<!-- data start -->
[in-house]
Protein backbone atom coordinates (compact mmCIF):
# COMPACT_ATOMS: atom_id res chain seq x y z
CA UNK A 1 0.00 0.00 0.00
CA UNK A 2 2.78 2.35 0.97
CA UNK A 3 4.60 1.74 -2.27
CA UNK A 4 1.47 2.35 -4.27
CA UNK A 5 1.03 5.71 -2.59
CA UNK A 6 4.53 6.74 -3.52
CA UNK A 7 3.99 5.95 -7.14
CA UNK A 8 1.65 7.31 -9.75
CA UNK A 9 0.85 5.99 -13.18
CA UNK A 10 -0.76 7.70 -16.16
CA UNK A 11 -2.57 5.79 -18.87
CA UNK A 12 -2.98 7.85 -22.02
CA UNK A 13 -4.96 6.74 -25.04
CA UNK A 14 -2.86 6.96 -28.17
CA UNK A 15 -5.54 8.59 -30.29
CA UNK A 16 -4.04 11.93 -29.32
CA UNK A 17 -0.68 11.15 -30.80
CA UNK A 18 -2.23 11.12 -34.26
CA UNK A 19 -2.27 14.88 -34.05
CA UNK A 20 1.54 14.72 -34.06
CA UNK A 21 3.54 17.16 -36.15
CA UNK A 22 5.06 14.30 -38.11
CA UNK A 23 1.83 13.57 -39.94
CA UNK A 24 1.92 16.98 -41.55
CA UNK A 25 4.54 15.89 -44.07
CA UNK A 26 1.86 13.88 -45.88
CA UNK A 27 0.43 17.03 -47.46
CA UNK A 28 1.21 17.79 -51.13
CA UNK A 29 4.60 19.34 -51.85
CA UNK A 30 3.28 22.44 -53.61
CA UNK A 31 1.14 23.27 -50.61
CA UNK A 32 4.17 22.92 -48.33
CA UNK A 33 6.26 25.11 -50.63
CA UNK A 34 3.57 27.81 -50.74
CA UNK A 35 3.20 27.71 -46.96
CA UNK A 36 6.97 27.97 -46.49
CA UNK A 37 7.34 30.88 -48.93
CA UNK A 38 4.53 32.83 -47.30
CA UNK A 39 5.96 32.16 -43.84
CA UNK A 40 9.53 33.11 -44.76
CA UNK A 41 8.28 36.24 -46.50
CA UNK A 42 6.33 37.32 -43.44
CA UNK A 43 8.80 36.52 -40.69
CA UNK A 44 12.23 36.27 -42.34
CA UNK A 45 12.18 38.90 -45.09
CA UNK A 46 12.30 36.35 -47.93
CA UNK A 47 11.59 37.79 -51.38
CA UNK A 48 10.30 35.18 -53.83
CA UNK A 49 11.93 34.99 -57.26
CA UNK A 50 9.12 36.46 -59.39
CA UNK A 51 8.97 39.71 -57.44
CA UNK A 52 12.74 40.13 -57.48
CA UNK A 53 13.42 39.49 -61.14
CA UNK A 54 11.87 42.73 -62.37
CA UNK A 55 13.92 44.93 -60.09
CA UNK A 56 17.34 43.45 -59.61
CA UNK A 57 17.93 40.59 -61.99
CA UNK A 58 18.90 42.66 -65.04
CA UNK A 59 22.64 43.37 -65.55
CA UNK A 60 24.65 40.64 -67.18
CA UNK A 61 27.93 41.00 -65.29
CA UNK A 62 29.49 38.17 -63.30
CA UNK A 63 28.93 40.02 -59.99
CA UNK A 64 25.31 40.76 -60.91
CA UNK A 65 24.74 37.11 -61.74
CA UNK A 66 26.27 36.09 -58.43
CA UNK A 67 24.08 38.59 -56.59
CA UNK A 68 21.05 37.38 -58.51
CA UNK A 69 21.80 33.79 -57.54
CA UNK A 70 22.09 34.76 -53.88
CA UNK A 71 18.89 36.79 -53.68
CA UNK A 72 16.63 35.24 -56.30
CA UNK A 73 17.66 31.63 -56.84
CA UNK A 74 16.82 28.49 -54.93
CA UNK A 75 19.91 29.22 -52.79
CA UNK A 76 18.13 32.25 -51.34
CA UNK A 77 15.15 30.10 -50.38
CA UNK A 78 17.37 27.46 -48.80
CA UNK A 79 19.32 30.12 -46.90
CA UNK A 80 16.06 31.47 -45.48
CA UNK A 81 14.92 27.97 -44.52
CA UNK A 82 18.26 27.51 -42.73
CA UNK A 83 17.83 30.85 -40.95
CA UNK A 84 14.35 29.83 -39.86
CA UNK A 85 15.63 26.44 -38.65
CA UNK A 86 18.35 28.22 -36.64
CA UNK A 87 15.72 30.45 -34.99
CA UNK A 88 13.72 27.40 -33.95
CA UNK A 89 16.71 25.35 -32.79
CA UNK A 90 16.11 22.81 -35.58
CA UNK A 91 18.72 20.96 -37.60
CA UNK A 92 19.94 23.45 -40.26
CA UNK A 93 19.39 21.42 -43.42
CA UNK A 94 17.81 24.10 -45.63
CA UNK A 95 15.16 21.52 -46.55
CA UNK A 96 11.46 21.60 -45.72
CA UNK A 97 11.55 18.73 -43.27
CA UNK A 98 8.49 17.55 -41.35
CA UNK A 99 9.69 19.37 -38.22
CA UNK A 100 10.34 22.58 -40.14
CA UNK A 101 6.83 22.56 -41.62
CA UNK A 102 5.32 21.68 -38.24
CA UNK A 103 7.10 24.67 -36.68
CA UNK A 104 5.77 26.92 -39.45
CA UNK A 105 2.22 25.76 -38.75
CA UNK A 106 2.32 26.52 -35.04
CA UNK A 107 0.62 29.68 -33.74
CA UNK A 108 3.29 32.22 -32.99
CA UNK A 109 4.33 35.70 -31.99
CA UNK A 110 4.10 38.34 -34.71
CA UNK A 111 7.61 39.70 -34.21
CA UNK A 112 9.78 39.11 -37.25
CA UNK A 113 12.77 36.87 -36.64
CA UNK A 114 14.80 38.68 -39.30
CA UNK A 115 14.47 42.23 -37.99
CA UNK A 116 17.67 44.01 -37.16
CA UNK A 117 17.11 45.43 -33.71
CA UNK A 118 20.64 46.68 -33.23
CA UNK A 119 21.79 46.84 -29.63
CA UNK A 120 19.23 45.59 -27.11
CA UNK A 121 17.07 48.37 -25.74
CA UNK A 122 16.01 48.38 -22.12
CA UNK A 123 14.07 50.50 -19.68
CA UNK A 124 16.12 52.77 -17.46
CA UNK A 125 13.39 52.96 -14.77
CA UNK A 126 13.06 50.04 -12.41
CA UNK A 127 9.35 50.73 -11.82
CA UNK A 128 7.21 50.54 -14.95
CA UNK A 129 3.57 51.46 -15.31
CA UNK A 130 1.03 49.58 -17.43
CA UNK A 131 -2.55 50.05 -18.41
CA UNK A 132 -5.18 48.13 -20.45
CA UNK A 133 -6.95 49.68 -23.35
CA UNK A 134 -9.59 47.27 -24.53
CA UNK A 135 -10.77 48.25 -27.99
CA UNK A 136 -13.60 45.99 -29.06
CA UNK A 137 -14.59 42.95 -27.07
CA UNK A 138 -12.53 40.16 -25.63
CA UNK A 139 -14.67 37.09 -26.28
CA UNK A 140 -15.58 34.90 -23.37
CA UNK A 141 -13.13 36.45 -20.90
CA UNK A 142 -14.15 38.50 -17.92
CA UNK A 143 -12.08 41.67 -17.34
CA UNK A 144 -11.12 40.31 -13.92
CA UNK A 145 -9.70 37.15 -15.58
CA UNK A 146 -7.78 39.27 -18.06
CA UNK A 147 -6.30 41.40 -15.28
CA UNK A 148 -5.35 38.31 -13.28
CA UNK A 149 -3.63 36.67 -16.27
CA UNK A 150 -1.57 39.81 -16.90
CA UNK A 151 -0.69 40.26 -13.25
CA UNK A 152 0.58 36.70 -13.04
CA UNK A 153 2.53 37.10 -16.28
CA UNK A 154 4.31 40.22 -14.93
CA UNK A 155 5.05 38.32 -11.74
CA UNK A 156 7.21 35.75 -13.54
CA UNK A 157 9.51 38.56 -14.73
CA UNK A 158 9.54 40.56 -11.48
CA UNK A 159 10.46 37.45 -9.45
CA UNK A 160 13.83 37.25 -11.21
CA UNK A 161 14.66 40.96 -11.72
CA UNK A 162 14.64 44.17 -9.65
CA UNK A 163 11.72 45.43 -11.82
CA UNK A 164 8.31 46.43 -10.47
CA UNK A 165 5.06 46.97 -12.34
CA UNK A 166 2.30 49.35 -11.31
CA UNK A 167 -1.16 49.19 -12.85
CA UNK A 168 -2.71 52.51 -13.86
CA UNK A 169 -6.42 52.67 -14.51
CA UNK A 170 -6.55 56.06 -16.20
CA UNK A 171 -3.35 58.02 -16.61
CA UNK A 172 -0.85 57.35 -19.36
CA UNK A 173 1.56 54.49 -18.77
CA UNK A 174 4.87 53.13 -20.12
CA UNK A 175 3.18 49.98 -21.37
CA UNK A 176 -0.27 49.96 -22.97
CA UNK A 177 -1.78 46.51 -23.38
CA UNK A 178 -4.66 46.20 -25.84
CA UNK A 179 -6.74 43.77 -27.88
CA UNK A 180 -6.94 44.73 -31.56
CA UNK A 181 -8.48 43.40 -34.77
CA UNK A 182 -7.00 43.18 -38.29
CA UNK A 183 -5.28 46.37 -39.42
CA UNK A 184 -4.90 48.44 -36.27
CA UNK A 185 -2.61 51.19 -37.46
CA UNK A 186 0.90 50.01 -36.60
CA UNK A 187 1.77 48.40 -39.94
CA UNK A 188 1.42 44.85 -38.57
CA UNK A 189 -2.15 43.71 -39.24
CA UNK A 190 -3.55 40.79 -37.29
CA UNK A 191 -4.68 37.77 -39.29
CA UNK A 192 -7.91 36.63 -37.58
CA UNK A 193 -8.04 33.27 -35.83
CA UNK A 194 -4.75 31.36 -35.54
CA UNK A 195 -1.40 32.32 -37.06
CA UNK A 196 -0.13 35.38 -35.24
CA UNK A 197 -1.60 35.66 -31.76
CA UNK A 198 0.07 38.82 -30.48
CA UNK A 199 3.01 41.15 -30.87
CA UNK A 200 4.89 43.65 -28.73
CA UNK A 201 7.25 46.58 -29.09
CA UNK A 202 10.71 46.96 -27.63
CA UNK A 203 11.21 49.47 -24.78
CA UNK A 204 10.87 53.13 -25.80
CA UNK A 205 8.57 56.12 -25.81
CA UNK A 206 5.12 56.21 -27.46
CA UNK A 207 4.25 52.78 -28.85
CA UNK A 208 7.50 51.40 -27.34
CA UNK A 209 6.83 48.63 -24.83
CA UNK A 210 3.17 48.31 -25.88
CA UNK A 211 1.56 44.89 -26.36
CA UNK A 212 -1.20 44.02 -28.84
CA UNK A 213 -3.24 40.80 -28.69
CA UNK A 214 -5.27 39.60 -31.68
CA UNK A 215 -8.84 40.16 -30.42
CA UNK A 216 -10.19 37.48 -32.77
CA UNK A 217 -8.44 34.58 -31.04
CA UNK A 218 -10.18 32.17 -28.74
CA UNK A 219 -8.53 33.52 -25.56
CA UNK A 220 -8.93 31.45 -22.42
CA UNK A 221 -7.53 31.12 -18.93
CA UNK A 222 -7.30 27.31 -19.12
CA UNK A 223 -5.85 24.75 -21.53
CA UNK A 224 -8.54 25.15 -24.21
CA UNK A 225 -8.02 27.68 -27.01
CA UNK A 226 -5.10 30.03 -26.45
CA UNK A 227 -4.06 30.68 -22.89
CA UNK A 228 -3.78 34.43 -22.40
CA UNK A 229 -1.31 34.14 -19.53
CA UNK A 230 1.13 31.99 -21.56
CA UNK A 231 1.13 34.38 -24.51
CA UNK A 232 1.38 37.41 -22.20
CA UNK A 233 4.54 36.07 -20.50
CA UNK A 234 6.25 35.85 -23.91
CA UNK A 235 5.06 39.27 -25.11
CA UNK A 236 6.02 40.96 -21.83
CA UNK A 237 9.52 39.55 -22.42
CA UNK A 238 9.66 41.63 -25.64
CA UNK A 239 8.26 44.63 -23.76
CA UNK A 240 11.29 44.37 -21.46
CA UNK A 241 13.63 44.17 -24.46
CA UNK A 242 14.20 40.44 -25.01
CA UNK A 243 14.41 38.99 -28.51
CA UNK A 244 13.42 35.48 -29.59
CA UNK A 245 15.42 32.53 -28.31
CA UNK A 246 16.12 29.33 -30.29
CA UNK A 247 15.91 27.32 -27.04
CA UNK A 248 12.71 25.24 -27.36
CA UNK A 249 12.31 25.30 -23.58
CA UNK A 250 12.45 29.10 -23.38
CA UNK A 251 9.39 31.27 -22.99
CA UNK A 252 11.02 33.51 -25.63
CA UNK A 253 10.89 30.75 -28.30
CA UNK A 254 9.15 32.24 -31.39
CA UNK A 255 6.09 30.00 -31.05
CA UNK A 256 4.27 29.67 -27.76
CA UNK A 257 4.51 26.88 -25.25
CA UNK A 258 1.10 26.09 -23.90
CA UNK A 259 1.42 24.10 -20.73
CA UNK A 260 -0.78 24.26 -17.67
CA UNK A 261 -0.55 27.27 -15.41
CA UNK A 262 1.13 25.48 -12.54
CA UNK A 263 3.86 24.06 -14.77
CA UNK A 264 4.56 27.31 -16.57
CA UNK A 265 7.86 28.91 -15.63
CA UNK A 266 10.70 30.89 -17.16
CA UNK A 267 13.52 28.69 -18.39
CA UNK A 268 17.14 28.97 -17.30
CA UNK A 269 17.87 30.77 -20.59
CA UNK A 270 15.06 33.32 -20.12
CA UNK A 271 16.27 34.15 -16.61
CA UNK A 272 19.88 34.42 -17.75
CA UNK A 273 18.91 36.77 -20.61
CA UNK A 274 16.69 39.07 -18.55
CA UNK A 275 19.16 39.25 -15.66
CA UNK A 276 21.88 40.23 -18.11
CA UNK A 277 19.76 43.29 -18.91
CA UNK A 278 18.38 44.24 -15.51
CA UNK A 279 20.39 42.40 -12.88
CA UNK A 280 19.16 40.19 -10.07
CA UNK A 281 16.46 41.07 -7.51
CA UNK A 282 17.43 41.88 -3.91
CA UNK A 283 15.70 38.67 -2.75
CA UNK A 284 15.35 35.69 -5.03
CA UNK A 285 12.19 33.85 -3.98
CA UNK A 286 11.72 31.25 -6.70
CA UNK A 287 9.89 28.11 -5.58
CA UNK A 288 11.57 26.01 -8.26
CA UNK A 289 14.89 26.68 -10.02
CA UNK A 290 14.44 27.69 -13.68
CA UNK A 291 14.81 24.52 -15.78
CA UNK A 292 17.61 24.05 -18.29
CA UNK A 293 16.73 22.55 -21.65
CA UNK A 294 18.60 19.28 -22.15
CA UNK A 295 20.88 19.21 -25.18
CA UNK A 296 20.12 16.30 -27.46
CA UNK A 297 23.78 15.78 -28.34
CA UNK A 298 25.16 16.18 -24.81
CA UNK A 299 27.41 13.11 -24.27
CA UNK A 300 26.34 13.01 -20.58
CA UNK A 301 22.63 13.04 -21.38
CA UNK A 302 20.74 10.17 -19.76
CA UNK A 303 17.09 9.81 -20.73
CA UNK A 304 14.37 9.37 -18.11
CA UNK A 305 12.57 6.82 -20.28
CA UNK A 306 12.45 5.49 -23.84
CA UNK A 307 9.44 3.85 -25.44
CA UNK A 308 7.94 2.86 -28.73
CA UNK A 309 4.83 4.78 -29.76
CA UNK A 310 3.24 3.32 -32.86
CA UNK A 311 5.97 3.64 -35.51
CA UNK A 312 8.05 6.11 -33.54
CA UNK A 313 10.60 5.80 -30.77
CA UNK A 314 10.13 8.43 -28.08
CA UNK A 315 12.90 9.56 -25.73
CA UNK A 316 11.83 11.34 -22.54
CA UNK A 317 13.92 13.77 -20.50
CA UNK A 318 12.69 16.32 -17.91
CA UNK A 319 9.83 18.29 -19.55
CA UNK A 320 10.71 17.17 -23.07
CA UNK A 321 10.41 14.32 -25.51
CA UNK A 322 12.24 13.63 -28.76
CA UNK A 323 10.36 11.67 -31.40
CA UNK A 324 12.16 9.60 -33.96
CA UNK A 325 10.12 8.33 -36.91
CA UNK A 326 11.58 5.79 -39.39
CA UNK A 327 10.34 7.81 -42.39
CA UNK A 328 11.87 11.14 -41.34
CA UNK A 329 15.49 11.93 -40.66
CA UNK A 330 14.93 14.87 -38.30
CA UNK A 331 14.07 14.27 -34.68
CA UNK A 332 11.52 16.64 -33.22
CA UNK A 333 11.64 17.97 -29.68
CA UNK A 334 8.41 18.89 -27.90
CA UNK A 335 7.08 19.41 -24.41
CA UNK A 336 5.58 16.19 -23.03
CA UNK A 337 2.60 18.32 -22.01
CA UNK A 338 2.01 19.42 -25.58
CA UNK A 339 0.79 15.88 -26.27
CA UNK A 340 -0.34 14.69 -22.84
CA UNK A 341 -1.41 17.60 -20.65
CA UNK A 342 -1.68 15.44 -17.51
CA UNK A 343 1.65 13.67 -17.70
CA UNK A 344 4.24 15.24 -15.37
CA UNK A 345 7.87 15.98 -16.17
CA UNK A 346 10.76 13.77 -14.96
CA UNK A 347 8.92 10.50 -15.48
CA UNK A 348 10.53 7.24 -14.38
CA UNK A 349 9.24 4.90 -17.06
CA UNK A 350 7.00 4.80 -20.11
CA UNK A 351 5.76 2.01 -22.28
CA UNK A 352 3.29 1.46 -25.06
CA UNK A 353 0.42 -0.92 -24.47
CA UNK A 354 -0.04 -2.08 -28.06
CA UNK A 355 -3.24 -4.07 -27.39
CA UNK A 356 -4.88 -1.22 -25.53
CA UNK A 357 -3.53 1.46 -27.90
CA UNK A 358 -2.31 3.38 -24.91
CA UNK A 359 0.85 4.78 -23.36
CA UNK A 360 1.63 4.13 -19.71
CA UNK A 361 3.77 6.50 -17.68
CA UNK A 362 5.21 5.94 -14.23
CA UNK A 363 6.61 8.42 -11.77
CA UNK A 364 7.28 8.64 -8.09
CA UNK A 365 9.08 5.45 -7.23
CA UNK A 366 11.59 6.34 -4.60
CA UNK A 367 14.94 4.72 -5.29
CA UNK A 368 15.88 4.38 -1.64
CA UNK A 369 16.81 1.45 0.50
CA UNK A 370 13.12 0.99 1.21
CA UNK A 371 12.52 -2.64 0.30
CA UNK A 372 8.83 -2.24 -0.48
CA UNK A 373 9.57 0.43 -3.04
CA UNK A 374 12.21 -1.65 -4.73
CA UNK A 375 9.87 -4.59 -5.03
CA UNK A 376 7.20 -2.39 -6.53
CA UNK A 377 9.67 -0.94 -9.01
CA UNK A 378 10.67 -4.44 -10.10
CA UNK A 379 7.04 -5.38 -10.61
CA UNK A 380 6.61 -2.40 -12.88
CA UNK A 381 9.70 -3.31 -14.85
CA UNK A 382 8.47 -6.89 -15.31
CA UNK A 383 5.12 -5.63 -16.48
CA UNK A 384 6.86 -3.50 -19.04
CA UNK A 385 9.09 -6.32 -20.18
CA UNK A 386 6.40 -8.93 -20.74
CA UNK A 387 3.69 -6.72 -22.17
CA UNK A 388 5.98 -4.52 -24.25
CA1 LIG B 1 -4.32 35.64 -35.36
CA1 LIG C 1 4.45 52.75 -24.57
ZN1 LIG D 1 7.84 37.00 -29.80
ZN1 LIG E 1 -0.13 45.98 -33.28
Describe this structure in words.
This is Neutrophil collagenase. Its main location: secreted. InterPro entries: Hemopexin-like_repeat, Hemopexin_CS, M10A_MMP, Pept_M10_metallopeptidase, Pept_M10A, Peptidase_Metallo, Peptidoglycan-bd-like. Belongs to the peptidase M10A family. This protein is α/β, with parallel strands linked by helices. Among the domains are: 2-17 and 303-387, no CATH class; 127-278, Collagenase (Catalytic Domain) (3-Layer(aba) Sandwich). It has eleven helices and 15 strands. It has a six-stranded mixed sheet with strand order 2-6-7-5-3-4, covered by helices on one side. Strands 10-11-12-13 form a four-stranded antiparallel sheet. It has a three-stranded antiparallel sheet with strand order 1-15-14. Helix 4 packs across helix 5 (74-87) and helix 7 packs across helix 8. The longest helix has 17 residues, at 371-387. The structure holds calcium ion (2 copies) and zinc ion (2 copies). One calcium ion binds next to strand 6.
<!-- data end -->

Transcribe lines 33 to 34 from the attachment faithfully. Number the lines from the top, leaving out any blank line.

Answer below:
CA UNK A 30 3.28 22.44 -53.61
CA UNK A 31 1.14 23.27 -50.61